Education

 

 

Seminars

A Seminar Series by Christopher Dant, PhD

In addition to being available on demand in recorded format below, these seminars are also offered live periodically. Check our Calendar of Events for upcoming offerings, or contact Andi M. Gilbert at (603) 653-6018 for more information.

For information about obtaining copies of these presentations, contact Christopher Dant.

Writing a winning NIH grant proposal

59 minutes. Originally presented on April 15, 2013.

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Speaker: Christopher Dant, PhD; Faculty Instructor, Norris Cotton Cancer Center

With flatlined budgets and increasing restrictions on federal spending, winning an NIH grant is harder than it has been in the past. Writing a competitive and winning grant proposal requires that investigators produce a highly polished, cohesive grant that really knocks it out of the park for its significance, innovation, and approach while showing that it will have a major impact on their field. Many investigators, especially new investigators, don't know how to do this or understand what pitfalls to avoid. In this seminar, we will present a systematic approach to writing a winning grant by explaining what NIH expects to see in the research/R grant. We will show some common mistakes investigators often make in writing their grant that causes it to immediately fail. We will discuss the optimum grant organization, aesthetics, and aspects of writing that are vital to a competitive presentation. We present advise on grant writing that is taken from the NIH as well as from faculty who have written successful grants and served as peer reviewers. To be competitive today, new and inexperienced grant writers must learn the essentials of strong grantsmanship that is rarely taught today in academia. This seminar will apply to anyone writing a proposal to NIH, NSF, or a nonfederal medical foundation and is open to graduate students, postdocs, and basic/clinical researcher investigators.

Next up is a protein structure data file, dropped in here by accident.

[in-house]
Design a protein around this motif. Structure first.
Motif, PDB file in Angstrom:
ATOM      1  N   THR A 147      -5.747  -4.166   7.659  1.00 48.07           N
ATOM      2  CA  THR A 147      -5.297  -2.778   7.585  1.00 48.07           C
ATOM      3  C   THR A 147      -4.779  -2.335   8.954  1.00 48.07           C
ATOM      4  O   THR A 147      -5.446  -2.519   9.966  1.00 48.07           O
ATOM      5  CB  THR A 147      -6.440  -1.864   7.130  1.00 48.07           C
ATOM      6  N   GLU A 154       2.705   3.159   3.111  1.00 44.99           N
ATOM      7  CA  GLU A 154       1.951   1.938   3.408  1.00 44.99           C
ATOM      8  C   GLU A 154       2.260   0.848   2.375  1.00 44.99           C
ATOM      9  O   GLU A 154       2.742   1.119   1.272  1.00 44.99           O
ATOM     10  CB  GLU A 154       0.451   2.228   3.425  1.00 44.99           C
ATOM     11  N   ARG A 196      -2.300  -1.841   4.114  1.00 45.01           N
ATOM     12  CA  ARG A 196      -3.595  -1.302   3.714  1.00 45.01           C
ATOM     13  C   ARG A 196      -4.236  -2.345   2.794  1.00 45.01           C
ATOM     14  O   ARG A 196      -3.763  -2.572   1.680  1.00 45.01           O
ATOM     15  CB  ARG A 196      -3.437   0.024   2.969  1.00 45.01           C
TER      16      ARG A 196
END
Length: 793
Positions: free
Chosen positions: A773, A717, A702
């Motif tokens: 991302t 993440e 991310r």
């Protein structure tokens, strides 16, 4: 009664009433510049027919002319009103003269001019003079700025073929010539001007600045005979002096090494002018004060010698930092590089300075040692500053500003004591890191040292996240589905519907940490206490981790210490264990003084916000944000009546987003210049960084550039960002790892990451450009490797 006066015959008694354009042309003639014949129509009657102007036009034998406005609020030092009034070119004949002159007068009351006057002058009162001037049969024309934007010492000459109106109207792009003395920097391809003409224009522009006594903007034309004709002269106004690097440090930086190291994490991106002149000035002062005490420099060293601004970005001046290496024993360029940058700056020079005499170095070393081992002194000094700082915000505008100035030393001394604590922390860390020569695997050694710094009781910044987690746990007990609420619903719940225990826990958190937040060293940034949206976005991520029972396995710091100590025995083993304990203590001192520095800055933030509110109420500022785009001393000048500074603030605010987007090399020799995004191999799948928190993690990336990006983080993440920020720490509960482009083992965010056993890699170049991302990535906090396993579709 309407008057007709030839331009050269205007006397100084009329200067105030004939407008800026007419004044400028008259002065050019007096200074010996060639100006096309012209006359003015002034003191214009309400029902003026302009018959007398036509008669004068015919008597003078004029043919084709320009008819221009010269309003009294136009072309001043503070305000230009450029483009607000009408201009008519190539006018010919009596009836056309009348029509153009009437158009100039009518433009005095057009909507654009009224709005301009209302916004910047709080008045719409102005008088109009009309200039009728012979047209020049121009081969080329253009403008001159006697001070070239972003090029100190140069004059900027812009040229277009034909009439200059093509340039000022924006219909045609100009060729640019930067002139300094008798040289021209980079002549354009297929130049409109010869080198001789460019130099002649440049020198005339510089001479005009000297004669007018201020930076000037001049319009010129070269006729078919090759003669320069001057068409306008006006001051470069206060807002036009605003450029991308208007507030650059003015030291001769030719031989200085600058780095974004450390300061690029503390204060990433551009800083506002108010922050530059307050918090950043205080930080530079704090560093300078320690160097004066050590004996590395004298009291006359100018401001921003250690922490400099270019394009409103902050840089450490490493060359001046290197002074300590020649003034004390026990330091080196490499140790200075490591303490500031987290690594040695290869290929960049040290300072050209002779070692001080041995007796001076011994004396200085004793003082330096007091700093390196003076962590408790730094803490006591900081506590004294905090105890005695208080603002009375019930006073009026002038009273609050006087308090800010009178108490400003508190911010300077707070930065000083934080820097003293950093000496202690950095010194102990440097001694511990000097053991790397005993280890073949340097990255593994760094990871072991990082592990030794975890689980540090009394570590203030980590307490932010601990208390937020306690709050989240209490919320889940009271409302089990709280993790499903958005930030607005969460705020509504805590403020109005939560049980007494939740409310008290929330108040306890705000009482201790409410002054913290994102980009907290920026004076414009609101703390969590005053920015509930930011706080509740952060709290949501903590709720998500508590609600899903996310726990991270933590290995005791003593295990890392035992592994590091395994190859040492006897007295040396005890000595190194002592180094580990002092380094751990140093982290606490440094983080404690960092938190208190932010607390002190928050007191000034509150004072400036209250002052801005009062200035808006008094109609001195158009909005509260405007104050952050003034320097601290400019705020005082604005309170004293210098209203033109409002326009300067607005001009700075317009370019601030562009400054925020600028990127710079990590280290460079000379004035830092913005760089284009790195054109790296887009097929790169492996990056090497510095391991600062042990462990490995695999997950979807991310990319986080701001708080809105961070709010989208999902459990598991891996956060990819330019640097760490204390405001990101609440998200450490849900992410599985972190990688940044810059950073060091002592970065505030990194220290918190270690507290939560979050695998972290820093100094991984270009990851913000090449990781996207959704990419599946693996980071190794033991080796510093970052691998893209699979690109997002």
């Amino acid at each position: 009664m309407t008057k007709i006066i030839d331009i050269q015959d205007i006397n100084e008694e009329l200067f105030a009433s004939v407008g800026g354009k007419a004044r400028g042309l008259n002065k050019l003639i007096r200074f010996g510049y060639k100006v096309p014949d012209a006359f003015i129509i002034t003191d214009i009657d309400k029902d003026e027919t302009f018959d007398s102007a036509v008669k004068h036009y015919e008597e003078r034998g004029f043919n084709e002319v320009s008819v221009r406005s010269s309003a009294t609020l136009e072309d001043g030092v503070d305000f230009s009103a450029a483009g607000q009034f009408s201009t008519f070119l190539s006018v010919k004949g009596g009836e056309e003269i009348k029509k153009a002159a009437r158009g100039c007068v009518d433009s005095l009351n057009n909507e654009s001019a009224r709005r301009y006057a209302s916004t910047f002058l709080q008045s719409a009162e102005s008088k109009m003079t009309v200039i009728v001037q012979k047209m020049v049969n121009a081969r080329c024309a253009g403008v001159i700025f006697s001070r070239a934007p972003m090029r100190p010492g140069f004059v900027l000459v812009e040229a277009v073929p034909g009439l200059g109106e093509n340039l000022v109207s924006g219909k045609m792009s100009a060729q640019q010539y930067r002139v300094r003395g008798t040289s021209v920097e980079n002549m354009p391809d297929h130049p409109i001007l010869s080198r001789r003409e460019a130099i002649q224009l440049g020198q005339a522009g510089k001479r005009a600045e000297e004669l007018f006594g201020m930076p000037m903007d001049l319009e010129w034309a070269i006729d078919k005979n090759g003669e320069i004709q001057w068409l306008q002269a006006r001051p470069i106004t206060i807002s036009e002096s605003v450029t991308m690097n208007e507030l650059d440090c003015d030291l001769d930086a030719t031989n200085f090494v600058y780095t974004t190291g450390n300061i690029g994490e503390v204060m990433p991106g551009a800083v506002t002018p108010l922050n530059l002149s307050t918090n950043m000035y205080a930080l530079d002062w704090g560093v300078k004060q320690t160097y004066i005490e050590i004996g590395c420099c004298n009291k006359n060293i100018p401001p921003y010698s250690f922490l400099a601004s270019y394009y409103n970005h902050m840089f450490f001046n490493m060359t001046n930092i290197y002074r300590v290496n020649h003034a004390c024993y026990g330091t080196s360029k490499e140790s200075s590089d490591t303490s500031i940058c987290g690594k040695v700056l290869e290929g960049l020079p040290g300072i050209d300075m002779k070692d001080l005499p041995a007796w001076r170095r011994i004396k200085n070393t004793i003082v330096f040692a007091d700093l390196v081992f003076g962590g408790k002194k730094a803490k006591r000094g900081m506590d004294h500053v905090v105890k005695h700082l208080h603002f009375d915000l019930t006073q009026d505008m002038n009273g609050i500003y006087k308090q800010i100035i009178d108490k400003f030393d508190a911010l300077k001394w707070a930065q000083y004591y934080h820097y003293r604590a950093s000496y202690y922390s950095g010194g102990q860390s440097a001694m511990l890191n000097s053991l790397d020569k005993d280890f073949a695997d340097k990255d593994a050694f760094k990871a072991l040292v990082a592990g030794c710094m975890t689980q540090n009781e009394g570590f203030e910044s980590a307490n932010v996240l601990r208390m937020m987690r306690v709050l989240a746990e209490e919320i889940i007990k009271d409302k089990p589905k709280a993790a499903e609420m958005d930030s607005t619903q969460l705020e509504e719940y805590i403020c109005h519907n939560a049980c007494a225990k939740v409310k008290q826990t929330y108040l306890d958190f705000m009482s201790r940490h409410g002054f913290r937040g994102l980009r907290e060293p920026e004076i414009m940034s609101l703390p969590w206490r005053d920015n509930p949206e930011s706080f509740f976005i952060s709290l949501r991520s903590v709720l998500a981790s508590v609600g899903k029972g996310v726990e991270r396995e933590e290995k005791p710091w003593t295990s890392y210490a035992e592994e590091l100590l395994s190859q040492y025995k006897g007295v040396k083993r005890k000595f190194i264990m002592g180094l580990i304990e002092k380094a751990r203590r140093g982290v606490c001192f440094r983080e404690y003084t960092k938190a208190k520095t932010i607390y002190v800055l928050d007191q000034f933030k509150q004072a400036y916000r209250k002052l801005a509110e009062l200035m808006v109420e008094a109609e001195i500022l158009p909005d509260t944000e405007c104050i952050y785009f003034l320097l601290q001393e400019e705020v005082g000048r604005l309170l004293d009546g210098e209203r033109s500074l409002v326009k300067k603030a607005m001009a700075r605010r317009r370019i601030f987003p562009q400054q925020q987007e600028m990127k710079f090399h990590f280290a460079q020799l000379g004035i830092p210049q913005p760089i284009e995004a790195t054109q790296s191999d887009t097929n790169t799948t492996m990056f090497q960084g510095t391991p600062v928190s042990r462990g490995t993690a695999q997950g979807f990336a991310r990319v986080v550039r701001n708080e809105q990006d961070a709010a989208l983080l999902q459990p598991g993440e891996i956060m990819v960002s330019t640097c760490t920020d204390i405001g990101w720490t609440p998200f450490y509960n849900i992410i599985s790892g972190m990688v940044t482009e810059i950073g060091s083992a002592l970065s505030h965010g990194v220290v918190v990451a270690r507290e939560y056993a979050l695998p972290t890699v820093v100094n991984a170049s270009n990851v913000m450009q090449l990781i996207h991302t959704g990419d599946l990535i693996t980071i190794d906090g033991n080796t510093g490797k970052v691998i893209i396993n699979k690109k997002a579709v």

The Biomedical Manuscript: Strategies for Getting Your Paper in Print from the Journal Editor's and the Writer's Perspectives

121 minutes. Originally presented on May 13, 2011.

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Speakers: Harold Sox, MD; Former Editor, Annals Internal Medicine; Professor of Medicine, Dartmouth; and Christopher Dant, PhD; Faculty Instructor, Norris Cotton Cancer Center

Dr. Harold Sox,  the former Medical Editor of Annals Internal Medicine, one of the most prestigious and cited medical journals in the world, joins Dr. Christopher Dant, a former investigator, writer, and editor, to examine the essentials of creating the peer-reviewed biomedical manuscript from the point of view of the journal editor and the writer.

Writing the Biomedical Manuscript: A Systematic Approach

46 minutes. Originally presented on September 2, 2009.

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In this seminar, we examine the essentials of creating the peer-reviewed biomedical manuscript from the point of view of the journal editor. We look at what constitutes a good and bad manuscript and how scientists and physicians can improve their manuscript-construction skills. We also examine several aspects of English usage and abusage.

Writing the New NIH Research Grant: A Systematic Approach

76 minutes. Originally presented on March 8, 2010.